Alarm-Based Root Cause Analysis in Industrial Processes Using Deep Learning

03/21/2022
by   Negin Javanbakht, et al.
0

Alarm management systems have become indispensable in modern industry. Alarms inform the operator of abnormal situations, particularly in the case of equipment failures. Due to the interconnections between various parts of the system, each fault can affect other sections of the system operating normally. As a result, the fault propagates through faultless devices, increasing the number of alarms. Hence, the timely detection of the major fault that triggered the alarm by the operator can prevent the following consequences. However, due to the complexity of the system, it is often impossible to find precise relations between the underlying fault and the alarms. As a result, the operator needs support to make an appropriate decision immediately. Modeling alarms based on the historical alarm data can assist the operator in determining the root cause of the alarm. This research aims to model the relations between industrial alarms using historical alarm data in the database. Firstly, alarm data is collected, and alarm tags are sequenced. Then, these sequences are converted to numerical vectors using word embedding. Next, a self-attention-based BiLSTM-CNN classifier is used to learn the structure and relevance between historical alarm data. After training the model, this model is used for online fault detection. Finally, as a case study, the proposed model is implemented in the well-known Tennessee Eastman process, and the results are presented.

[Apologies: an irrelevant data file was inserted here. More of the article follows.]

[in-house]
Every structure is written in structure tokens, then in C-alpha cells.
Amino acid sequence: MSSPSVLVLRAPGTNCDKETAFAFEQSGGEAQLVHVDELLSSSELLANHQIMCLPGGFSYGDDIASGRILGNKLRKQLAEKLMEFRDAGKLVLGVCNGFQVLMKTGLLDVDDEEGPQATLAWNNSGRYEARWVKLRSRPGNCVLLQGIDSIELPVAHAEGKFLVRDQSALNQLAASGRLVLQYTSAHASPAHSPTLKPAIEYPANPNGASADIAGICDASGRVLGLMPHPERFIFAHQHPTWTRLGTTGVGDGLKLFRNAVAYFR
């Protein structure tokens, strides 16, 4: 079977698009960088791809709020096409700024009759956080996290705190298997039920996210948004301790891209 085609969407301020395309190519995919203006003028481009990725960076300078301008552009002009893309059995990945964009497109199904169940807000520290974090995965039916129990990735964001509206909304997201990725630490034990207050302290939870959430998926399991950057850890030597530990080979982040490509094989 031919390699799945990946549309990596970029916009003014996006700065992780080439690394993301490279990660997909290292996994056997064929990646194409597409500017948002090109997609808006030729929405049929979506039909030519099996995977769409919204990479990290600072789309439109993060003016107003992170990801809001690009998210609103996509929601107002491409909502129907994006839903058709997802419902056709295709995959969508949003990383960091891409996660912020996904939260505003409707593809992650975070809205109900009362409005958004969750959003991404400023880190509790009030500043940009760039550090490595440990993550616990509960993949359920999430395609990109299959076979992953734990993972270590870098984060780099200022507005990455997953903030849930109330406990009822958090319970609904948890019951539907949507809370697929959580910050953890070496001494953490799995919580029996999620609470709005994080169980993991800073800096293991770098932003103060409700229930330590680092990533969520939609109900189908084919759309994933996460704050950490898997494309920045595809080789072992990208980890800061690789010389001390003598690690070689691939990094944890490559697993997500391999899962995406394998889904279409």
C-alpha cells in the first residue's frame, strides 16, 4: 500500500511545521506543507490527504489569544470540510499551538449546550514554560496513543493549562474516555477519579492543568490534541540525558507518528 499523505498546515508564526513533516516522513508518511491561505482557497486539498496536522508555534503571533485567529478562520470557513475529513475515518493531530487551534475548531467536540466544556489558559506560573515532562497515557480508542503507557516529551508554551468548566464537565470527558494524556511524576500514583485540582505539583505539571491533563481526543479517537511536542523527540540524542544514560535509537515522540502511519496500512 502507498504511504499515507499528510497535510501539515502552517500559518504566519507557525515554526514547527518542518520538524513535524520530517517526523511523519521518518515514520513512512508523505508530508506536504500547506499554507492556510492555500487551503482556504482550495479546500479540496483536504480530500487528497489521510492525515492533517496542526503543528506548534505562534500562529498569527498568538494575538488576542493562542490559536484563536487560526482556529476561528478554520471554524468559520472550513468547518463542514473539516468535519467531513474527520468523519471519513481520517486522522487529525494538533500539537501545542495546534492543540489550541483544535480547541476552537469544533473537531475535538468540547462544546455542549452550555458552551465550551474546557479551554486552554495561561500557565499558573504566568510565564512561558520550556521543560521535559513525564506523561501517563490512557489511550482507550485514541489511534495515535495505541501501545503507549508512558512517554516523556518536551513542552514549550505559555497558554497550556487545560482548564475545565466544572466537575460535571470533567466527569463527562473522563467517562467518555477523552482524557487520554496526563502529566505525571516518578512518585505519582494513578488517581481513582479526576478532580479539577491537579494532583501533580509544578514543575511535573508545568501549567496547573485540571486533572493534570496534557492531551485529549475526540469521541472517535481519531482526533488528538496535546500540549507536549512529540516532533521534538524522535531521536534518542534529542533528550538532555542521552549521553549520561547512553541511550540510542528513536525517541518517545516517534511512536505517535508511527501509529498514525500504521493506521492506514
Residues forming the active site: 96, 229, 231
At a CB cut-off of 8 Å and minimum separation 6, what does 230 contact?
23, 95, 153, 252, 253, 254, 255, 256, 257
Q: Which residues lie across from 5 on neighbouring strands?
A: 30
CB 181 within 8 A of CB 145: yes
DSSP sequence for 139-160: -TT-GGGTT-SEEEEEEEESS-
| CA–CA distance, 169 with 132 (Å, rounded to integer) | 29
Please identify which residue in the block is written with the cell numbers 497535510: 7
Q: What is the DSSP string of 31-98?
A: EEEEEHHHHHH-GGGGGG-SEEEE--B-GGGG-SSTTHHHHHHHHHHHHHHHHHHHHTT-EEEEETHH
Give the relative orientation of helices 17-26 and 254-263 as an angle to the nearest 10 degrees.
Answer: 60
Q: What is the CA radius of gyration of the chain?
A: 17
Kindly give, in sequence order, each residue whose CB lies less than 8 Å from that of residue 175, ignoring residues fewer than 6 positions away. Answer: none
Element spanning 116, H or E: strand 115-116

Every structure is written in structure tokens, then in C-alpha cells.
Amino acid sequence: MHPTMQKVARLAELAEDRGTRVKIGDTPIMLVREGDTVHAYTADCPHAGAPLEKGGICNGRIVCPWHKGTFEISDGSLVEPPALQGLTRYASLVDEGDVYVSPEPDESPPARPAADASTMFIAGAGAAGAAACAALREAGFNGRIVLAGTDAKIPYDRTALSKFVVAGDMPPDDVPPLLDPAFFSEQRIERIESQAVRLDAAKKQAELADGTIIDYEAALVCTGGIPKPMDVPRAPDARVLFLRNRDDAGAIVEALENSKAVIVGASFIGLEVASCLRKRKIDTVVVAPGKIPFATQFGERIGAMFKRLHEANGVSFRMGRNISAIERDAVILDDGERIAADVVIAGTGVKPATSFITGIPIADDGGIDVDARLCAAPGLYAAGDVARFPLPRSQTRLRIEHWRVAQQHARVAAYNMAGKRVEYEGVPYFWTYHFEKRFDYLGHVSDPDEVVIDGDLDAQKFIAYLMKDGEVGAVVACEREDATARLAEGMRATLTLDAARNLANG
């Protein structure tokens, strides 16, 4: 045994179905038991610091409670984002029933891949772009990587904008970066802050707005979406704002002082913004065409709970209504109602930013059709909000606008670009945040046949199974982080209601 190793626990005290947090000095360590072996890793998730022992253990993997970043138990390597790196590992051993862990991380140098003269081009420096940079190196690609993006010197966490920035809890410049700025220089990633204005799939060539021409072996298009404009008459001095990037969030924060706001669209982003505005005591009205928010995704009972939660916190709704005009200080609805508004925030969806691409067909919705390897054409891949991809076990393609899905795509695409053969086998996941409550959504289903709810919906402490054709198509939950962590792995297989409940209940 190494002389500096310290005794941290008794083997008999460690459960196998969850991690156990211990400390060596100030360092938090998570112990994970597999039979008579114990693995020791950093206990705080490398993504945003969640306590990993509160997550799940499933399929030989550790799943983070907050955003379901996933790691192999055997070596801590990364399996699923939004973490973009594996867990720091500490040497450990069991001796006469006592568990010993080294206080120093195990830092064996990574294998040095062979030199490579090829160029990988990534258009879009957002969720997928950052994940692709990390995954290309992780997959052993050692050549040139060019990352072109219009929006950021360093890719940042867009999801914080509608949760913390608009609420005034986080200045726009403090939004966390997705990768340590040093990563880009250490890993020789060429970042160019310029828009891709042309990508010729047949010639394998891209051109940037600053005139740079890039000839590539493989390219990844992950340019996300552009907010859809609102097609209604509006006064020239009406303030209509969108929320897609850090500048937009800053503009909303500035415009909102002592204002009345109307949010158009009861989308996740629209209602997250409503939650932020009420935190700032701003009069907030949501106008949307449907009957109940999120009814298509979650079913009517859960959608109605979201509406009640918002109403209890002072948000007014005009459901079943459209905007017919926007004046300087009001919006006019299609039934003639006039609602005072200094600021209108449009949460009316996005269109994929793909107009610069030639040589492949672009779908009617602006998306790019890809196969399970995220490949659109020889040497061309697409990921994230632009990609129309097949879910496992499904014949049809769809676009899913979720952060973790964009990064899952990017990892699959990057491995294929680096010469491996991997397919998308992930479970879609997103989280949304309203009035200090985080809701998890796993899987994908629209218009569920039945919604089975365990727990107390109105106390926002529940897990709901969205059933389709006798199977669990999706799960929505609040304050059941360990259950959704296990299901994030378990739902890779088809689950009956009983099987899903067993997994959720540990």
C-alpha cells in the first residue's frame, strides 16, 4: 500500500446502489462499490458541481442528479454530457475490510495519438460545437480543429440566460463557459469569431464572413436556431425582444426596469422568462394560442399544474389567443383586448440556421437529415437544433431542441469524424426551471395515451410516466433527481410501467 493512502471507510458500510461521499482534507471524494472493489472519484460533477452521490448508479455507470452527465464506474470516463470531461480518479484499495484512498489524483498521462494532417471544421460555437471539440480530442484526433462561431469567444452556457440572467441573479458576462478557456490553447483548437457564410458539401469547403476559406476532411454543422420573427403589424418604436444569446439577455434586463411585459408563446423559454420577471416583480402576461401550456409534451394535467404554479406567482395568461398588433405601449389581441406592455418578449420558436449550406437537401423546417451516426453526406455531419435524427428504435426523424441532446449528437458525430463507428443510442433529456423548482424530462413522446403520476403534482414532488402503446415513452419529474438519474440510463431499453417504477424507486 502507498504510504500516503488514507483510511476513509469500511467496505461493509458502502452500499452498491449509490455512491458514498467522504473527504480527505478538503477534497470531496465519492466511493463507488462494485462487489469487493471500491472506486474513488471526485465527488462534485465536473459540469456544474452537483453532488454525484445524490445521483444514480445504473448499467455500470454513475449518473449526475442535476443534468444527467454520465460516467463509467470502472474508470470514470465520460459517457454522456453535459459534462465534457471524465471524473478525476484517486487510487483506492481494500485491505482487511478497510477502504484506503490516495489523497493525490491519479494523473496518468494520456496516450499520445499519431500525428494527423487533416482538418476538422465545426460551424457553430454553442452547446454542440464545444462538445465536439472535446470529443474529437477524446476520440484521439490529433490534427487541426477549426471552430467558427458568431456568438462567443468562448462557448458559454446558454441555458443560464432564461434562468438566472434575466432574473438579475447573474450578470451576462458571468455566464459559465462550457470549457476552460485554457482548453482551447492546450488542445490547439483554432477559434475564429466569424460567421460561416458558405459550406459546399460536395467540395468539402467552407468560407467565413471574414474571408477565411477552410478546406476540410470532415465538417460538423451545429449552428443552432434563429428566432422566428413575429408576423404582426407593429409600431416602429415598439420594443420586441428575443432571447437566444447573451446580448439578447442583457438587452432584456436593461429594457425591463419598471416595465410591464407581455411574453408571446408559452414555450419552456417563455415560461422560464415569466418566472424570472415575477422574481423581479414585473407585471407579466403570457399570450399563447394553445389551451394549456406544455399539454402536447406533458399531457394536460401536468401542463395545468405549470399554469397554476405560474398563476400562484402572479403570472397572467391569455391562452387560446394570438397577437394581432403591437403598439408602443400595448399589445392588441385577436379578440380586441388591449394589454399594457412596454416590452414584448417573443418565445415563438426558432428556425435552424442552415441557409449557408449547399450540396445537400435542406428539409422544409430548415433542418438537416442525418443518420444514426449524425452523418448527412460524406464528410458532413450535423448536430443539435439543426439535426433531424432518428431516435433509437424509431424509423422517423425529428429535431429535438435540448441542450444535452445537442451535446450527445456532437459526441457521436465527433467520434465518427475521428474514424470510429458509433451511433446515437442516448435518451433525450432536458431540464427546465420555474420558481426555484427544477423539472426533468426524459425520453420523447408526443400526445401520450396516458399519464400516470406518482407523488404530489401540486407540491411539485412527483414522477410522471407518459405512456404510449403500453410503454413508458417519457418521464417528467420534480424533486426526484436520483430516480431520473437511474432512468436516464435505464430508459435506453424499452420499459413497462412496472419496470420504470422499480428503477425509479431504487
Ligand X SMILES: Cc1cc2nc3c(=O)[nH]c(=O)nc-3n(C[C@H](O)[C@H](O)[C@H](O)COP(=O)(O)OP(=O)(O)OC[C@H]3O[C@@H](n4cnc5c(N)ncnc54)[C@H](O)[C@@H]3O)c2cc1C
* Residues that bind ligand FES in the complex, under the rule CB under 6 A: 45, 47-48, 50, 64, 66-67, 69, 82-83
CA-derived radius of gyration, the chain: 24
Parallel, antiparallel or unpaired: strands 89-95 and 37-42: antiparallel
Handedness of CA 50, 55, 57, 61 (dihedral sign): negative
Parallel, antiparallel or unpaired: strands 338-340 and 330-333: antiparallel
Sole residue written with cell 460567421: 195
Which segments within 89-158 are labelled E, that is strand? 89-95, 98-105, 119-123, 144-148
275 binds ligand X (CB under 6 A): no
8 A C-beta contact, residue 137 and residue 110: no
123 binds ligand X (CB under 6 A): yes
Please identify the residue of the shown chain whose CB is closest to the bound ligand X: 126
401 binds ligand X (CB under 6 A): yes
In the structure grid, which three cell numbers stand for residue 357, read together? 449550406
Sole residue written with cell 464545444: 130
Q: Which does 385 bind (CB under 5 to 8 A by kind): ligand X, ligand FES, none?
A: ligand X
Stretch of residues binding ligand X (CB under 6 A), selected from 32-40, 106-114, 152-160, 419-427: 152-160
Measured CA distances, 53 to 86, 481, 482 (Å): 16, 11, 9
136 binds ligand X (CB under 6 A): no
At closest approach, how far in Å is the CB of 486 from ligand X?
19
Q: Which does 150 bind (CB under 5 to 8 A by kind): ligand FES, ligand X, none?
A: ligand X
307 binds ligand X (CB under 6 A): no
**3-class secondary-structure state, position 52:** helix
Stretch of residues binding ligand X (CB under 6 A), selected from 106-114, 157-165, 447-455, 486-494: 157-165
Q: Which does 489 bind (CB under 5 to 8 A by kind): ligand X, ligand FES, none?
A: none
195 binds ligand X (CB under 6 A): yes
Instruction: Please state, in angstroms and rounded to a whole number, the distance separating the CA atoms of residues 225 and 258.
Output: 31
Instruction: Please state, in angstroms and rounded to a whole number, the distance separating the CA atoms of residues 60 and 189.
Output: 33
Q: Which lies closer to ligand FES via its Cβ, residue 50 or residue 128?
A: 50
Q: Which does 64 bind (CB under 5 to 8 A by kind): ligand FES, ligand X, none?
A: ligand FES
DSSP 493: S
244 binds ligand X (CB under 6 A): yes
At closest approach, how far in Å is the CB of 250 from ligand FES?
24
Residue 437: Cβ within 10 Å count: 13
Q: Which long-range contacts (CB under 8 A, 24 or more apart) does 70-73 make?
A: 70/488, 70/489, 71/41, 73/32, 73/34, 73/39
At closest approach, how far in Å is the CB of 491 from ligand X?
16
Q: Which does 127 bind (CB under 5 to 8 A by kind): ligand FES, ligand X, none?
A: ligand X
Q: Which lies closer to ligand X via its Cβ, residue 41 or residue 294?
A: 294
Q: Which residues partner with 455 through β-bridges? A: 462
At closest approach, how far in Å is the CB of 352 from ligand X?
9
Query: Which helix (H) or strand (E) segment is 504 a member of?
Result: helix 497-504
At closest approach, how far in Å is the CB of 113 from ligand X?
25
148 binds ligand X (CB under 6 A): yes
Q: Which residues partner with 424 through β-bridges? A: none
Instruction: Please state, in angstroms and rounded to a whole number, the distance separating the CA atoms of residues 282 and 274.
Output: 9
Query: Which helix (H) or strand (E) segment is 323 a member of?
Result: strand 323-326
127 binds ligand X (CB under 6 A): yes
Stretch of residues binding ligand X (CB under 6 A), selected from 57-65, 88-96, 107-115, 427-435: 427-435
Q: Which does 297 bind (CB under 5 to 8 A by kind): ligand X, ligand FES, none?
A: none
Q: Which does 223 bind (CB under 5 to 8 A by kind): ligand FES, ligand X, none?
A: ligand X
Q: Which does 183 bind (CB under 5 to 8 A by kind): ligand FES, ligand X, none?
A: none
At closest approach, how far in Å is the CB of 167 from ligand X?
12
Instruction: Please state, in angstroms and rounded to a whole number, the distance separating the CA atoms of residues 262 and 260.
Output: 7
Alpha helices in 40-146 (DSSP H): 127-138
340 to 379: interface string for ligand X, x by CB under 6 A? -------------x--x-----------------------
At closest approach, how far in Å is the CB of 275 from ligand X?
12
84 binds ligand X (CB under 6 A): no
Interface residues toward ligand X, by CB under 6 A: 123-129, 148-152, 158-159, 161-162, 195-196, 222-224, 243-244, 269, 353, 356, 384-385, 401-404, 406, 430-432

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1 Introduction

Industrial processes rely on SCADA systems for monitoring and controlling processes locally and remotely. The controllers communicate with field instrumentations such as sensors, pumps, and motors and collect real-time data. Then the data is processed, and various control algorithms are implemented to ensure those process variables remain within the acceptable range. If the implemented control does not work appropriately or an abnormal situation occurs in the process, the alarm system triggers an alarm to notify the operator of the abnormal conditions. According to ISA 18.2 standard  [isa2009isa], an alarm is an audible or visual alert that informs the operator of abnormal situations such as equipment failures or process variables exceeding a specified threshold. When an alarm is raised, the operator must intervene and immediately find the root cause of the raised alarm. Otherwise, this fault can propagate through other equipment and affected variables, causing severe damage to the system and equipment and even stopping the whole process.